A High Court judge has ordered a judicial review of funding quango Sport England’s decision that the card game bridge doesn’t qualify as a true sport, and therefore isn’t eligible for grants and lottery money, because it includes no physical element.
The English Bridge Union made the breakthrough in their battle to have the card game recognised as a sport, legally on a par with rugby, tennis, or indeed target shooting after the judge found contrary to Sport England, that it did exercise a muscle. Mr Justice Mostyn said it could be a sport because he considered the brain to be a muscle, therefore satisfying the legal definition that sport is “activity aimed at improving physical fitness and well being, forming social relations and gaining results in competition”.
Most controversially of all, the judge said bridge involved more physical activity than rifle shooting, a long-recognised sport that until recently was considered one of the most important sports in the United Kingdom. The quality of ‘civilian marksmanship’ became of national concern after the poor performance of British recruits in the Boer war, and rifle clubs sprung up all over the country, to provide improving leisure time enjoyment to working men.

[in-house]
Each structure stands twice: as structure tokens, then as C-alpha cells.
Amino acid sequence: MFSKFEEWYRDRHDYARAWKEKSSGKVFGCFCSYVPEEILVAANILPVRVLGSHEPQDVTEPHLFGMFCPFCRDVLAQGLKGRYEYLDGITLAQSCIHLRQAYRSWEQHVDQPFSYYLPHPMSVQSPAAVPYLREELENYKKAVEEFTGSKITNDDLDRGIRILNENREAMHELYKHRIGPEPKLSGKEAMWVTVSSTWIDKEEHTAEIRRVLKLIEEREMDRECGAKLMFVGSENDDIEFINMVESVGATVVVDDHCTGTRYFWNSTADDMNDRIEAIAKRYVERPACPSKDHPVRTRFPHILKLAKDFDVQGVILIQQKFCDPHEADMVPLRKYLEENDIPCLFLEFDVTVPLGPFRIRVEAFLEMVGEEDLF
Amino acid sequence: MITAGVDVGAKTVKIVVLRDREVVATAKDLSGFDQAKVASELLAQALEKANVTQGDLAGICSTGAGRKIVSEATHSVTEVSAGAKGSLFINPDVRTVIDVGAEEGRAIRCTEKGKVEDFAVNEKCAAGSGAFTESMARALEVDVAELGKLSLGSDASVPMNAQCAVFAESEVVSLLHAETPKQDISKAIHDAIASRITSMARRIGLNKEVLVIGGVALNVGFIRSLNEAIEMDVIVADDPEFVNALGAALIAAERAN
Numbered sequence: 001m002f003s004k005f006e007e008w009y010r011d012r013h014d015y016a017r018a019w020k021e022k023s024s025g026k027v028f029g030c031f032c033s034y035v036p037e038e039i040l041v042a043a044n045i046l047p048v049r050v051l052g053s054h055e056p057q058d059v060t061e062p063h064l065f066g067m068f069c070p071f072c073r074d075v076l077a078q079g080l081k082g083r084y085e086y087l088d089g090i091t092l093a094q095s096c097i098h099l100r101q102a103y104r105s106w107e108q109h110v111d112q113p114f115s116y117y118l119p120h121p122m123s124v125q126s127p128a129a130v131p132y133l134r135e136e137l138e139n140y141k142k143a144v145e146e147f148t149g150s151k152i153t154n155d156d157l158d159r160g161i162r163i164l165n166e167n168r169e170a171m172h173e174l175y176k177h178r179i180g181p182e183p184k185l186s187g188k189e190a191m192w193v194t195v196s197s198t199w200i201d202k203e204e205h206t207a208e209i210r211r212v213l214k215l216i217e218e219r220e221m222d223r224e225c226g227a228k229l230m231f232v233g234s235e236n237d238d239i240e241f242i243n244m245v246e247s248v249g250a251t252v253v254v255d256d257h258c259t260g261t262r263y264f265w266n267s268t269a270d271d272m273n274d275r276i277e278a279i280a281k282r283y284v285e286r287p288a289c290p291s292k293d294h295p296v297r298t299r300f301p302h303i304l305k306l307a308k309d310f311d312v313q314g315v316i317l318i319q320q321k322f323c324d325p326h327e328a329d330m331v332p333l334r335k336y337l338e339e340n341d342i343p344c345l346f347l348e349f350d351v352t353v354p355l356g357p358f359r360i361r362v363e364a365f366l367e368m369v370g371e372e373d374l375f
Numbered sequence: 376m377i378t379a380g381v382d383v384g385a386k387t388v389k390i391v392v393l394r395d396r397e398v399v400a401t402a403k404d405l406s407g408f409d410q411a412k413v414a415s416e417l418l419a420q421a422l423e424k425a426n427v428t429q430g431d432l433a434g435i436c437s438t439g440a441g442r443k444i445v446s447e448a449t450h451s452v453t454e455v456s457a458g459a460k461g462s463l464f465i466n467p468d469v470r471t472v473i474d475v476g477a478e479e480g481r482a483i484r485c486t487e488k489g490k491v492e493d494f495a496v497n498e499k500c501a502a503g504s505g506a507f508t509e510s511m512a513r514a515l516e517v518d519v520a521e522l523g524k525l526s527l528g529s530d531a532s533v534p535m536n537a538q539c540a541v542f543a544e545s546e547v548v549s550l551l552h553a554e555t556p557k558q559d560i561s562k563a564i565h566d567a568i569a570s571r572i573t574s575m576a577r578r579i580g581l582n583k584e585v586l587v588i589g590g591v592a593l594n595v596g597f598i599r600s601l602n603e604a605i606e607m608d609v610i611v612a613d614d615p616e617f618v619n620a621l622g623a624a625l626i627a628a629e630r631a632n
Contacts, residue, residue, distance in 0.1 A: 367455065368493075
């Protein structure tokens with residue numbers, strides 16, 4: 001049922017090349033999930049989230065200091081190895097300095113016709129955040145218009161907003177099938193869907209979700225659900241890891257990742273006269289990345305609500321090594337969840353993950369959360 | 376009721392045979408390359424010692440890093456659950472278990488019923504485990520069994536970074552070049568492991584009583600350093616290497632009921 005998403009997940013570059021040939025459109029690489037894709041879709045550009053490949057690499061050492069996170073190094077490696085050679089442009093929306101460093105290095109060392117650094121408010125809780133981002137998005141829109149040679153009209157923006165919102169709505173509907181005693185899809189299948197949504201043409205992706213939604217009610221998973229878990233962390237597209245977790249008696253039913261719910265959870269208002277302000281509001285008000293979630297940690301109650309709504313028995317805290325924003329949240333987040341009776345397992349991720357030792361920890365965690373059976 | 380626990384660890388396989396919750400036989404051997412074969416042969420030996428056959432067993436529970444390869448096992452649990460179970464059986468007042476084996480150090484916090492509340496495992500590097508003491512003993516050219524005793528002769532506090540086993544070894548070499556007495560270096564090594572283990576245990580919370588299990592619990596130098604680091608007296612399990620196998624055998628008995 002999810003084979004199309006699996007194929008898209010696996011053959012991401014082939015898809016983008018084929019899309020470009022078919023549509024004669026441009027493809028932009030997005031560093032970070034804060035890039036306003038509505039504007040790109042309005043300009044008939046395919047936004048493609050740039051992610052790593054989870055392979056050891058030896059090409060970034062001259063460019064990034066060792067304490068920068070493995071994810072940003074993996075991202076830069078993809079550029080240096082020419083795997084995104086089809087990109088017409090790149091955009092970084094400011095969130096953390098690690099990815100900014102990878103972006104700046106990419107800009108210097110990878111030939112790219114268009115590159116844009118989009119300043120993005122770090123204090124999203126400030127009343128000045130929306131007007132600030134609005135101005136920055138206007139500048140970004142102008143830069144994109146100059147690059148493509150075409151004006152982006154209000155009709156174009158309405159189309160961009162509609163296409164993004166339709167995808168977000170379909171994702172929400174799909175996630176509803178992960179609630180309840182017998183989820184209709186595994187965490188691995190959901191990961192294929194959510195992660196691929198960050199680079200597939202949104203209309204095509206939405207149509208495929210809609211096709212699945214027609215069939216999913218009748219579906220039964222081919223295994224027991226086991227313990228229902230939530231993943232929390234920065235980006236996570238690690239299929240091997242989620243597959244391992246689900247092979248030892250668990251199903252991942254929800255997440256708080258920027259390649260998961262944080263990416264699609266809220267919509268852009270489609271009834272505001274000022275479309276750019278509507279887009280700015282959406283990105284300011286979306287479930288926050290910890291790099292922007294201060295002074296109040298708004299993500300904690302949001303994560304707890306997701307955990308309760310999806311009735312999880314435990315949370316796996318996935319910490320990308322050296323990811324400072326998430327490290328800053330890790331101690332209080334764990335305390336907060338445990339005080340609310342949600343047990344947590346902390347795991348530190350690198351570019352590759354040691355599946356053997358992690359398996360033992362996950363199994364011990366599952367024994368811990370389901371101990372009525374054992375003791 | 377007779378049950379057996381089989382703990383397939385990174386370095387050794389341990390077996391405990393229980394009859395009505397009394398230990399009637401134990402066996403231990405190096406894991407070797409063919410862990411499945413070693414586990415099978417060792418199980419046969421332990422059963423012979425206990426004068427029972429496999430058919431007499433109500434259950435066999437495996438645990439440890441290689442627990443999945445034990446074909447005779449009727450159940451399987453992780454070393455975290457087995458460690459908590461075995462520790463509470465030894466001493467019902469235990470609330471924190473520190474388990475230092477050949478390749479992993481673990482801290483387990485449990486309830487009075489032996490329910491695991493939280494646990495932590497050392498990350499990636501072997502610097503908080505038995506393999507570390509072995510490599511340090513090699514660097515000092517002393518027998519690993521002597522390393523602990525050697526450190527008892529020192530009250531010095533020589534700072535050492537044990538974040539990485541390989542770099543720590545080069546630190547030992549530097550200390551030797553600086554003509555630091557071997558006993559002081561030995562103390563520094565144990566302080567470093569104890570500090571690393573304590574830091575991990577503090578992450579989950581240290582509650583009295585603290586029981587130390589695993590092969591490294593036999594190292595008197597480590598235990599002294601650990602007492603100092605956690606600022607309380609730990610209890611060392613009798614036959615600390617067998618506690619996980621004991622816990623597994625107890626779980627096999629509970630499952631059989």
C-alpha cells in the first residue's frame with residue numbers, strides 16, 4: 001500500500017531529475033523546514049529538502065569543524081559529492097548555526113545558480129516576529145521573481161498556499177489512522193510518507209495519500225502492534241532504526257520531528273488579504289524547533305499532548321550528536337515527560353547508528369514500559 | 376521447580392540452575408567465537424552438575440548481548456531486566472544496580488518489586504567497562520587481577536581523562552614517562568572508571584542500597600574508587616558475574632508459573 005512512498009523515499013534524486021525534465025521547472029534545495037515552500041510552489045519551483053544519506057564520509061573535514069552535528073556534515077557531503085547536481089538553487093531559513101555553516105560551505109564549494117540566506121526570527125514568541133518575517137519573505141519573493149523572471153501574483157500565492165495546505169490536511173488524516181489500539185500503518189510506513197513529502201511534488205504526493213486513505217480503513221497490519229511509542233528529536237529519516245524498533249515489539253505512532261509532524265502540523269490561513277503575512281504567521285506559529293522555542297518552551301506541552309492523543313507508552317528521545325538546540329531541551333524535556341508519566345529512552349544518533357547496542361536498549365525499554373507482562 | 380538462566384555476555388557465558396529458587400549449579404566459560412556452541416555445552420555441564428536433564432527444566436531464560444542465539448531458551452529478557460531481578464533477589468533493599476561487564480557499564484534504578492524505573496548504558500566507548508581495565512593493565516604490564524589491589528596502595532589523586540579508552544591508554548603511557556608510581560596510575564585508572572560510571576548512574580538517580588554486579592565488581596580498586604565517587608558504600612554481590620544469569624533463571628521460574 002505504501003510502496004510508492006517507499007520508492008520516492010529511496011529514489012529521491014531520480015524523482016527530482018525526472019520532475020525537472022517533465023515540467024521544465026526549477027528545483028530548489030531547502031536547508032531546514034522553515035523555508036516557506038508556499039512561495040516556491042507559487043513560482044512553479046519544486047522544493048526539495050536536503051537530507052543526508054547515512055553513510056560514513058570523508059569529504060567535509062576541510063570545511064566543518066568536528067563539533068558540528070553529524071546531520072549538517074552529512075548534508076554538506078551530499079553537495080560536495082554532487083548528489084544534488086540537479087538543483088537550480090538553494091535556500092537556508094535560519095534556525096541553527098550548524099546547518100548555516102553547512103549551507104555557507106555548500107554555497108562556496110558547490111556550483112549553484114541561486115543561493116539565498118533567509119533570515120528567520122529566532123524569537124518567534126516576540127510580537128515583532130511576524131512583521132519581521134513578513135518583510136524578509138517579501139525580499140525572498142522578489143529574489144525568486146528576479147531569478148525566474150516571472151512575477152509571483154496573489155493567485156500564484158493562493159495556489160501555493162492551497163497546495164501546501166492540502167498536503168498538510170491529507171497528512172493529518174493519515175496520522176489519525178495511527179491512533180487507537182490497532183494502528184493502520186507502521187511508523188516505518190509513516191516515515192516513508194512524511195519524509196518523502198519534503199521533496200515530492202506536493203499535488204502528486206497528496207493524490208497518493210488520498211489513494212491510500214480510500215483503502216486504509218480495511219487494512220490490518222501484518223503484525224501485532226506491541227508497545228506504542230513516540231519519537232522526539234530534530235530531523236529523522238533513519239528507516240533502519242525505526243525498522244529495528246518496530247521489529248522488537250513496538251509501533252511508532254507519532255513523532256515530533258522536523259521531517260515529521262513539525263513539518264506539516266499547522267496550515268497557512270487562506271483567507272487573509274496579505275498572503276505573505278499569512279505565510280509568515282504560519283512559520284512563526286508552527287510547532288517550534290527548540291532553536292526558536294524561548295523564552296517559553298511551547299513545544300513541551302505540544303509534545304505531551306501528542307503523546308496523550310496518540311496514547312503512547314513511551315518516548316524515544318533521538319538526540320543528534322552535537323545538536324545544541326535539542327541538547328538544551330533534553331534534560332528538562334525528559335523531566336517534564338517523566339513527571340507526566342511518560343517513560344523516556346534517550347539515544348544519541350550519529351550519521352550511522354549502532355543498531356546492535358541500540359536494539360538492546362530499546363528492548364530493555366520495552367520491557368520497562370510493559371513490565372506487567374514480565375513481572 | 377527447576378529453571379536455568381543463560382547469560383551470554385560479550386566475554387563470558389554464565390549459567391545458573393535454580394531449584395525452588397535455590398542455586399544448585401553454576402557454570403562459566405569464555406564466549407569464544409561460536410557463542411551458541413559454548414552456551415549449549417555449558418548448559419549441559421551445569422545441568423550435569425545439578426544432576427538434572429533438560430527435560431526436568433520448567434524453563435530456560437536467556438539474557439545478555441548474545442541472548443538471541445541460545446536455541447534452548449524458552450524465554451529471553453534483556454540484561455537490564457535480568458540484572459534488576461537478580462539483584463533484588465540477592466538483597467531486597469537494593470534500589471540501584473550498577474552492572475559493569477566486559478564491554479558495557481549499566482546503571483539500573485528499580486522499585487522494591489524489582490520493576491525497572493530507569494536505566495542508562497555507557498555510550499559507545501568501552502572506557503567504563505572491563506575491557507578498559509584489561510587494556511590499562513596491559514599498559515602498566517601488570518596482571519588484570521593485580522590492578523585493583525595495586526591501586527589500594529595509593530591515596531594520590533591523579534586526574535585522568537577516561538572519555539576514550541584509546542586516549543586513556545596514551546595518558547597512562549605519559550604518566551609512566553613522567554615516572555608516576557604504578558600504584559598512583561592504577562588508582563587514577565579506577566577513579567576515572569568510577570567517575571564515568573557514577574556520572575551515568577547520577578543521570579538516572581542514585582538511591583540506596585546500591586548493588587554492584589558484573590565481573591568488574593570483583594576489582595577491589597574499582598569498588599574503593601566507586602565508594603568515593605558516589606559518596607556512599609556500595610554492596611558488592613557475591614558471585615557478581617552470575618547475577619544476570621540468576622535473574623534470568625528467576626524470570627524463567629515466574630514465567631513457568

The case will now go to a full judicial review. This could open the way for not only bridge, but other “mind sports” like chess to receive funding.